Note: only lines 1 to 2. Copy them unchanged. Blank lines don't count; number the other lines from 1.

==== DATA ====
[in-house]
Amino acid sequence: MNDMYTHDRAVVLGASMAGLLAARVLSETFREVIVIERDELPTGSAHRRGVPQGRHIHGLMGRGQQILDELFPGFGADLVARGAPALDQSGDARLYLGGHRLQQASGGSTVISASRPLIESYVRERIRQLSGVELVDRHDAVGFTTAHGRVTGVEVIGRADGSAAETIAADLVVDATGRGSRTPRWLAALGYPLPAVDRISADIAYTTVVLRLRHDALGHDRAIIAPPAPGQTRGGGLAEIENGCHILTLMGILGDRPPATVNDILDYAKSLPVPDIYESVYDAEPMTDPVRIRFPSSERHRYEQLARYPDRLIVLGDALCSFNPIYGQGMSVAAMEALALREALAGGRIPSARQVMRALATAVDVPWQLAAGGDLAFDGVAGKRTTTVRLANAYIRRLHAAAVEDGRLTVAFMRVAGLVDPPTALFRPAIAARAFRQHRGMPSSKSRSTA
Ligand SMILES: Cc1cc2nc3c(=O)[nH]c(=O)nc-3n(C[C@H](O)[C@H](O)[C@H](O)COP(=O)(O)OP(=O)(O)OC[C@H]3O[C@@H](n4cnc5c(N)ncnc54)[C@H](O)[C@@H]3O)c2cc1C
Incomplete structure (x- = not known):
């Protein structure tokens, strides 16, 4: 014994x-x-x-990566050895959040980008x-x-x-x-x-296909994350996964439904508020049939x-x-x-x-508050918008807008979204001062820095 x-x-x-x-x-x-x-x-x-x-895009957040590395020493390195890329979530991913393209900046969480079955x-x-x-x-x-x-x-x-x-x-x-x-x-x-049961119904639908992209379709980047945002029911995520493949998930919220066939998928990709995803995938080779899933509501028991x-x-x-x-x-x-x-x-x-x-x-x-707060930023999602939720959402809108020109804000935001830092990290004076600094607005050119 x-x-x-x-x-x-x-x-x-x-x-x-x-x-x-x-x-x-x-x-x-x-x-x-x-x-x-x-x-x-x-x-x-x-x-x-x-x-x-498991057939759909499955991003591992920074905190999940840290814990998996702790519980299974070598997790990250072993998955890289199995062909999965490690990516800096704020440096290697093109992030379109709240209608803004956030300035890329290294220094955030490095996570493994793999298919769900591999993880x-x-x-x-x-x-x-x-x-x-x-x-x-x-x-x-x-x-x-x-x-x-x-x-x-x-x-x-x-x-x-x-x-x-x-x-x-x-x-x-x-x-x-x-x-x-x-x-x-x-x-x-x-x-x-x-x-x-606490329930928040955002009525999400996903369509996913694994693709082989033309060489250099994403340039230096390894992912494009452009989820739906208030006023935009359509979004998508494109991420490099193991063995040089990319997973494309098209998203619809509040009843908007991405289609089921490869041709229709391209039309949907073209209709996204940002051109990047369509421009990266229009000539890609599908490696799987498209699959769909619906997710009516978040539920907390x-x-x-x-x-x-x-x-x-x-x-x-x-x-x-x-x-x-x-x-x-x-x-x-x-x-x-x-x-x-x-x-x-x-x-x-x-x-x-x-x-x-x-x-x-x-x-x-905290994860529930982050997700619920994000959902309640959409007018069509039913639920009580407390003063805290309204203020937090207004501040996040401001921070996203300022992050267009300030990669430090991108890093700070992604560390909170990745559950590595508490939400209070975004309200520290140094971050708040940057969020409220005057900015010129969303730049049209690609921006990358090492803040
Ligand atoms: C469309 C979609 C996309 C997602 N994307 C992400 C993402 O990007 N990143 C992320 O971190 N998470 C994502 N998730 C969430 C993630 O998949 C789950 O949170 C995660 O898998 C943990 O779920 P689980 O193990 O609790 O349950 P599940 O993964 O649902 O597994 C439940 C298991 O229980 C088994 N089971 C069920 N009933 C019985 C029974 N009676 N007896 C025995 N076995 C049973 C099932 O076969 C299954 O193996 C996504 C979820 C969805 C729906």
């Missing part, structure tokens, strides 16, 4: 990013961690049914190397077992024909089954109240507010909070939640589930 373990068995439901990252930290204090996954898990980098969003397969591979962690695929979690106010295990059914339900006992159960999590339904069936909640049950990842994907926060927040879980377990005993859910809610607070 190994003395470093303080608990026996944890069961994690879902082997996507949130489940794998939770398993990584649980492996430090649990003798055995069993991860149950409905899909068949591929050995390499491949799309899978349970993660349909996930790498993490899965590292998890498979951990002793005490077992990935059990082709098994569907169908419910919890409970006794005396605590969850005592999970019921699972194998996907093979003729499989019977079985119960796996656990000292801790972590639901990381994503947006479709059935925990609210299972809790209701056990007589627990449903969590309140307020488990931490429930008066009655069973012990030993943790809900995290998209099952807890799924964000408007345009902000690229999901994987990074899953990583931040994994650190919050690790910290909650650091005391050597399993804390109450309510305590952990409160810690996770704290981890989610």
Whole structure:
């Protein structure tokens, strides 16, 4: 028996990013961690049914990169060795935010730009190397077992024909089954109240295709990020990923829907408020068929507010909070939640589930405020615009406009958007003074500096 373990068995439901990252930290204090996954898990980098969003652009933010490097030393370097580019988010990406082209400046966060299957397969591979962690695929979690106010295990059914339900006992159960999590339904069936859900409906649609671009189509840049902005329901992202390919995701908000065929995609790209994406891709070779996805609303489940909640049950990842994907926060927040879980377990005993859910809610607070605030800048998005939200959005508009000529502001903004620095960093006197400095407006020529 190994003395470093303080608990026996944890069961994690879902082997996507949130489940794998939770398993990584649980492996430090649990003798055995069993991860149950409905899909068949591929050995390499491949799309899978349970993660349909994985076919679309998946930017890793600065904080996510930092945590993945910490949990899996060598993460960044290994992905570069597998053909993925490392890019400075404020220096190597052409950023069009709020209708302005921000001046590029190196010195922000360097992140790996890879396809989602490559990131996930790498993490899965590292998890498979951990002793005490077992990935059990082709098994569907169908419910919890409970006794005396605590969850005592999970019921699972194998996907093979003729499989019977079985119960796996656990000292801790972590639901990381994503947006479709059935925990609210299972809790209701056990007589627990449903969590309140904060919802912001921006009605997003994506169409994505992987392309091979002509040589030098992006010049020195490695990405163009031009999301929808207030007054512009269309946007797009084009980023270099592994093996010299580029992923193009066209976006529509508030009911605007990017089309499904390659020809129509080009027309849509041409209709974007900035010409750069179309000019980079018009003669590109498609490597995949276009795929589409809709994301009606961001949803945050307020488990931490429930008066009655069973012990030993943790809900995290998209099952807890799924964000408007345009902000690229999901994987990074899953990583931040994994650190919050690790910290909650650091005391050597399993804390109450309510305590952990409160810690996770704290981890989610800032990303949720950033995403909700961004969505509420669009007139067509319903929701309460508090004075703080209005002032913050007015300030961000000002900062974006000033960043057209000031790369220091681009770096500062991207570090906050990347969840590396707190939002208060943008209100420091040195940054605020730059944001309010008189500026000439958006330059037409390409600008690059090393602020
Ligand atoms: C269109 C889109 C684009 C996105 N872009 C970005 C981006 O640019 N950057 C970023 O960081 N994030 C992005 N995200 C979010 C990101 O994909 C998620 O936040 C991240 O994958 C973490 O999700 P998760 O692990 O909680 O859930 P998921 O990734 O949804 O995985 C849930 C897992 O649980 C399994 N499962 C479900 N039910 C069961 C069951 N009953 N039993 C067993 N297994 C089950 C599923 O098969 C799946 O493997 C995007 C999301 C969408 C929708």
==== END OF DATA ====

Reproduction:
[in-house]
Amino acid sequence: MNDMYTHDRAVVLGASMAGLLAARVLSETFREVIVIERDELPTGSAHRRGVPQGRHIHGLMGRGQQILDELFPGFGADLVARGAPALDQSGDARLYLGGHRLQQASGGSTVISASRPLIESYVRERIRQLSGVELVDRHDAVGFTTAHGRVTGVEVIGRADGSAAETIAADLVVDATGRGSRTPRWLAALGYPLPAVDRISADIAYTTVVLRLRHDALGHDRAIIAPPAPGQTRGGGLAEIENGCHILTLMGILGDRPPATVNDILDYAKSLPVPDIYESVYDAEPMTDPVRIRFPSSERHRYEQLARYPDRLIVLGDALCSFNPIYGQGMSVAAMEALALREALAGGRIPSARQVMRALATAVDVPWQLAAGGDLAFDGVAGKRTTTVRLANAYIRRLHAAAVEDGRLTVAFMRVAGLVDPPTALFRPAIAARAFRQHRGMPSSKSRSTA